In a nutshell
This study aimed to investigate if asciminib was effective in patients with chronic myeloid leukemia who had resistance or unacceptable side effects to other tyrosine kinase inhibitors. This study concluded that asciminib showed promise in these patients.
Asciminib is a targeted therapy known as an ABL kinase inhibitor (AKI). It targets the BCR-ABL genes which are found in leukemia cells. It may be suitable for use in patients who have experienced treatment failure with other leukemia treatments such as tyrosine kinase inhibitors (TKIs).
The safety and effectiveness of asciminib in patients with Philadelphia chromosome-positive (Ph+) chronic myeloid leukemia (CML) are unknown.
Methods & findings
This study involved 141 patients with chronic-phase and 9 patients with accelerated-phase CML. All patients involved had resistance or unacceptable side effects from at least 2 previous TKIs. 70% of patients involved had received at least three TKIs previous to this study. All patients received asciminib either once or twice daily. Patients were followed for an average of 59 weeks.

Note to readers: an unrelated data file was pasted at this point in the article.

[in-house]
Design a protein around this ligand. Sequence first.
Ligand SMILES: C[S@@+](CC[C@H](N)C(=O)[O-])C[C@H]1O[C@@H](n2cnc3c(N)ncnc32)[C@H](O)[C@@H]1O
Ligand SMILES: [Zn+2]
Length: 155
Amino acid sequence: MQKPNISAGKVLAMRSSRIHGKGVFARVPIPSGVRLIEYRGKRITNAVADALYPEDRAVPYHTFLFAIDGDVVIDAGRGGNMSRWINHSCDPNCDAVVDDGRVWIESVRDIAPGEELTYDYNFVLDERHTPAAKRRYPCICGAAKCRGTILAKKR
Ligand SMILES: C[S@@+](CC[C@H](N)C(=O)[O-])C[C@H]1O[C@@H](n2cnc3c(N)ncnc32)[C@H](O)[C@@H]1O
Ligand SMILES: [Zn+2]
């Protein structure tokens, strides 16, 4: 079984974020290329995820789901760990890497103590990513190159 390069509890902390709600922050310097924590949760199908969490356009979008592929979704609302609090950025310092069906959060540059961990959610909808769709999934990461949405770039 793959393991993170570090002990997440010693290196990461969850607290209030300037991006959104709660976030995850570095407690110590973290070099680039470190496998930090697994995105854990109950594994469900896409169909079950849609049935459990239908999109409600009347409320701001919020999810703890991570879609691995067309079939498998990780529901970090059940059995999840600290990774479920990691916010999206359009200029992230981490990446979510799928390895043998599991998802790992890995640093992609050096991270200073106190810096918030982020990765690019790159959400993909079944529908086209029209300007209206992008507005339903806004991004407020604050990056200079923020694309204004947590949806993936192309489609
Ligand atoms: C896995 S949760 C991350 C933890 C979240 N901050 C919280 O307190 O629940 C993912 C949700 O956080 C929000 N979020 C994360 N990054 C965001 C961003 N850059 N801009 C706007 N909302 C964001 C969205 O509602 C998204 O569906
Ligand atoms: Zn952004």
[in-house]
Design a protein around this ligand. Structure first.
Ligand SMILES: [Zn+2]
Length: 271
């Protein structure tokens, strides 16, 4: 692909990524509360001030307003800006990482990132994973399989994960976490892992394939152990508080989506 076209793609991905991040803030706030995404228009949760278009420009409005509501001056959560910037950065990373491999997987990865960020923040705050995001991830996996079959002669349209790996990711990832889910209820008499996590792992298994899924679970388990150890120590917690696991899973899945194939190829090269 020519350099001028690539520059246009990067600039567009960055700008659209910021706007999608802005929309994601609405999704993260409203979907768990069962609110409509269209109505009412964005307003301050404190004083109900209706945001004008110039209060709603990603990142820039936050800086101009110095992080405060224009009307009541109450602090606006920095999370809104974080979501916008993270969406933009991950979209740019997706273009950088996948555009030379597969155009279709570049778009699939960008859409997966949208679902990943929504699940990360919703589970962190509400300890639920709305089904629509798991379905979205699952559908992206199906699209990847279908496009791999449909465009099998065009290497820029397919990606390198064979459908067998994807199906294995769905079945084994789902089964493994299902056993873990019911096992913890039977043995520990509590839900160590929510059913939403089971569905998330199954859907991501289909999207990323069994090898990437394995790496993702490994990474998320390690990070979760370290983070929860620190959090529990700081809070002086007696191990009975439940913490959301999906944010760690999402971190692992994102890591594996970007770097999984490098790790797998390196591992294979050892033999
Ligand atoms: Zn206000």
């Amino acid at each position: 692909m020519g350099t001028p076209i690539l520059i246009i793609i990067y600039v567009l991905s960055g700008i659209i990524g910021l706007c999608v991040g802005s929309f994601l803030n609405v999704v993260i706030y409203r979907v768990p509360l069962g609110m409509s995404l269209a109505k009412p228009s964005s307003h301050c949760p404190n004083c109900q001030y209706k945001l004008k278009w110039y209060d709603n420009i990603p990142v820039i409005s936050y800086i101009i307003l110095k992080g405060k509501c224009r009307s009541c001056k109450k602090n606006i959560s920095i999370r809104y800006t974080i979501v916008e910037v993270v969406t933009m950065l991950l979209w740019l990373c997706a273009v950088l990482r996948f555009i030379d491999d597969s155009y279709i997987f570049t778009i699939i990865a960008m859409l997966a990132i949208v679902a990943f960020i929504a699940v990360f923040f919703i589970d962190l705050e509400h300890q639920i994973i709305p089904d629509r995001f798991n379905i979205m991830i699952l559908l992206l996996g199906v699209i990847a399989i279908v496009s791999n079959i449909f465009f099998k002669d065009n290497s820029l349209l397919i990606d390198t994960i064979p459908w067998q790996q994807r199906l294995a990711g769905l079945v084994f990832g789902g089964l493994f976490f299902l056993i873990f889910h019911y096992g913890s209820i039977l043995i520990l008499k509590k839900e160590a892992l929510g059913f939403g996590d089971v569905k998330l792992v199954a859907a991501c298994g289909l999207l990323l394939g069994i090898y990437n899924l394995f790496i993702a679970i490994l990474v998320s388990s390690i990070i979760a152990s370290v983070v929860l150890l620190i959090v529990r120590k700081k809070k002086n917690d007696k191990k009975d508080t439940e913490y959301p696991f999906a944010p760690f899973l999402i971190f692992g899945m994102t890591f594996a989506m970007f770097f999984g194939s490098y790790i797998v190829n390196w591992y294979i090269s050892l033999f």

In patients with chronic-phase CML, 92% of those without a hematologic response after previous therapies achieved a complete hematologic response (CHR). A CHR is when there are no signs of CML and blood counts and spleen size have returned to normal.
In patients with chronic-phase CML, 54% of those without a complete cytogenic response at the beginning (after previous therapies) achieved a complete cytogenic response (CCyR). A CCyr is when no Philadelphia chromosomes are found in the bone marrow.
At 12 months, 48% of 91 patients evaluated achieved a major molecular response (MMR). A MMR is when there is a very low level of BCR ABL genes in the blood. MMR was maintained in 40 of 44 patients.
Among the 9 patients with accelerated-phase CML, 8 patients (88%) had a CHR and 1 (11%) had a MMR. These responses were maintained for at least 11 weeks.
Side effects that let patients to reduce the dose or stop treatment included pancreatitis. Common side effects included tiredness, headache, joint pain, high blood pressure, and low blood platelets.
The bottom line
This study concluded that asciminib was active in patients with CML who had resistance or unacceptable side effects from other TKIs.
The fine print
This study was funded by Novartis, the manufacturer of asciminib.
Published By :
The New England Journal of Medicine
Dec 12, 2019